Stone blades found in a Siberian cave once occupied by Neanderthals bear a striking resemblance to tools made by the ancient human species in eastern Europe – more than 3000 kilometres to the west.
The finding, published in the Proceedings of the National Academy of Sciences, lends weight to the idea that Neanderthals made the intercontinental trek to this far-flung region not once, but twice.
The Chagyrskaya Cave, at the foothills of the Altai Mountains, is a fossil- and artefact-rich time capsule of palaeolithic life, which seems to have been occupied by Neanderthals alone.
This sets it apart from the more famous Denisova Cave – situated in a neighbouring valley just 100 kilometres further east – which was occupied at various times over about 250,00 years by Neanderthals, anatomically modern humans, and the Denisovans, an archaic human group named after the cave.
Archaeologist Kseniya Kolobova from the Institute of Archaeology and Ethnography in Novosibirsk, Russia, and her colleagues have unearthed 74 Neanderthal bones – the most of any cave in the region – from a single package of sediment in the Chagyrskaya Cave.
But Neanderthal bones aren’t all they found. In amongst around 250,000 animal fossils and plant remains, were some 90,000 artefacts, including stone and bone tools.
The team analysed more than 3,000 stone blades and found that they resemble flaked stone tools known as Micoquian blades.
“It’s one of those classic Neanderthal-type artefacts,” says human origins researcher Richard (Bert) Roberts, from the University of Wollongong in Australia, who co-led the study.
But, he says, Micoquian blades aren’t usually found in Siberia. None have been found in the Denisova Cave, for instance. “Central and eastern Europe is really the heartland of this Micoquian tradition.”
This suggests that the Neanderthals who migrated eastward into Siberia to occupy the Chagyrskaya Cave could trace their origins to this region of Europe, more than 3,000 kilometres to the west.
The fact that the Denisova Cave lacks such distinctive tools also suggests that Neanderthals arrived in Siberia in at least two waves.
“In this case we were lucky because the archaeology tells a story,” says Roberts. “Often artefacts don’t tell you enough. They look too similar to one another to tease apart the story.”
“It’s a nice piece of the puzzle that they add,” says Stéphane Peyrégne from the Max Planck Institute for Evolutionary Anthropology in Leipzig, Germany, who was not involved in the study.
Geneticists including Peyrégne have previously suggested that Neanderthals migrated to Siberia twice, because late Neanderthal occupants of the Denisova Cave are more closely related to their European relatives than they are to earlier occupants of the same cave.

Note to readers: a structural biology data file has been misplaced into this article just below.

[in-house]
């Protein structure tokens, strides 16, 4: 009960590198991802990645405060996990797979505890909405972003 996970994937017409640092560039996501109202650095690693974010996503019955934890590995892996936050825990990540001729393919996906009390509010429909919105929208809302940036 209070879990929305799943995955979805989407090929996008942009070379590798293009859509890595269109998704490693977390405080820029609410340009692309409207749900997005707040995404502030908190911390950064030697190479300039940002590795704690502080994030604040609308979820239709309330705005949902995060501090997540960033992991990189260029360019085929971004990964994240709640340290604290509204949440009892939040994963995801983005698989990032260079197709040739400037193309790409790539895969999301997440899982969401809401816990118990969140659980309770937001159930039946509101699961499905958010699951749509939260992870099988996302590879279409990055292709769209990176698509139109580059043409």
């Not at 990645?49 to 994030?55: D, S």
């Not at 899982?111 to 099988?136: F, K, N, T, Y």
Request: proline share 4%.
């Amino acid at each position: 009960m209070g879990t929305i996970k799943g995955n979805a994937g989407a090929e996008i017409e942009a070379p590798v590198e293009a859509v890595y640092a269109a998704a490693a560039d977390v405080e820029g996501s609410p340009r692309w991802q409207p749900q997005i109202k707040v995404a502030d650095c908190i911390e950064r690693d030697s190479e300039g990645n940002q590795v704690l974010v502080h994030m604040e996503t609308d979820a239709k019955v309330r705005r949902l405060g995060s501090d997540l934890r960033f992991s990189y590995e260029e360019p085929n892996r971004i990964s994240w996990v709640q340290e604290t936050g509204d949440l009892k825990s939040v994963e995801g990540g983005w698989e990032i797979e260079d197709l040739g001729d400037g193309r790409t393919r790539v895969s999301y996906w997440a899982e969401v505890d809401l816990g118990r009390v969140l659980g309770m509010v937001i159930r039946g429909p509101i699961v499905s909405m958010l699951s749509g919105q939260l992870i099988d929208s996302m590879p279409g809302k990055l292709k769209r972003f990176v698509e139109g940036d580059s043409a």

The archaeological evidence in the current study fits that story.
The Chagyrskaya Neanderthals probably belonged to a later migration, although the researchers haven’t nailed down firm timelines yet.
Feldspar deposits in the fossil-bearing layer of the Chagyrskaya Cave date to between 59,000 – 49,000 years ago.
But a genome reconstructed from ancient DNA extracted from a finger bone at the site is estimated to be closer to 80,000 years old.
“That’s still a point of puzzlement for all of us,” says Roberts.
One explanation could be that the Neanderthal bone was somehow reworked into the layer from an older deposit, although they are yet to find any sediment of the right age.
Another possibility is that the genetic age estimate is off because of a difference in mutation rate or generation time in Neanderthals compared to humans. Sequencing of additional genomes from other individuals in the cave could resolve the conundrum, says Roberts.
A preliminary analysis of the Chagyrskaya genome – which Peyrégne is involved in – shows that is it more closely related to Neanderthals in Europe than to an earlier Neanderthal from the Denisova cave, again pointing to at least two separate groups that reached Siberia.
The tools also provide clues to why Neanderthals made the epic journey.
Neanderthals used Micoquian blades to slice meat and scrape the hides of animals they hunted. The Chagyrskaya Neanderthals could have been following migrating bison or horse herds through central Asia towards the vast Siberian plains.
“It’s an interesting study,” says archaeologist Mark Moore from the University of New England in Armidale, Australia, who was not involved in the work. “They’ve attempted to incorporate both the archaeological analysis for the stone tools with what’s emerging with the ancient DNA analyses, which we didn’t have even five years ago.”
The story is far from complete. Roberts is keen to know whether other sites – perhaps along the route through central Asia, also have Micoquian blades.
Knowing that they had the capacity to travel to Siberia, Roberts says they might also have trekked further, perhaps into China.
“It’s just yet another indication that Neanderthals were just as creative, just as industrious, just as explorative in their nature as modern humans were,” he says.
Read science facts, not fiction...
There’s never been a more important time to explain the facts, cherish evidence-based knowledge and to showcase the latest scientific, technological and engineering breakthroughs. Cosmos is published by The Royal Institution of Australia, a charity dedicated to connecting people with the world of science. Financial contributions, however big or small, help us provide access to trusted science information at a time when the world needs it most. Please support us by making a donation or purchasing a subscription today.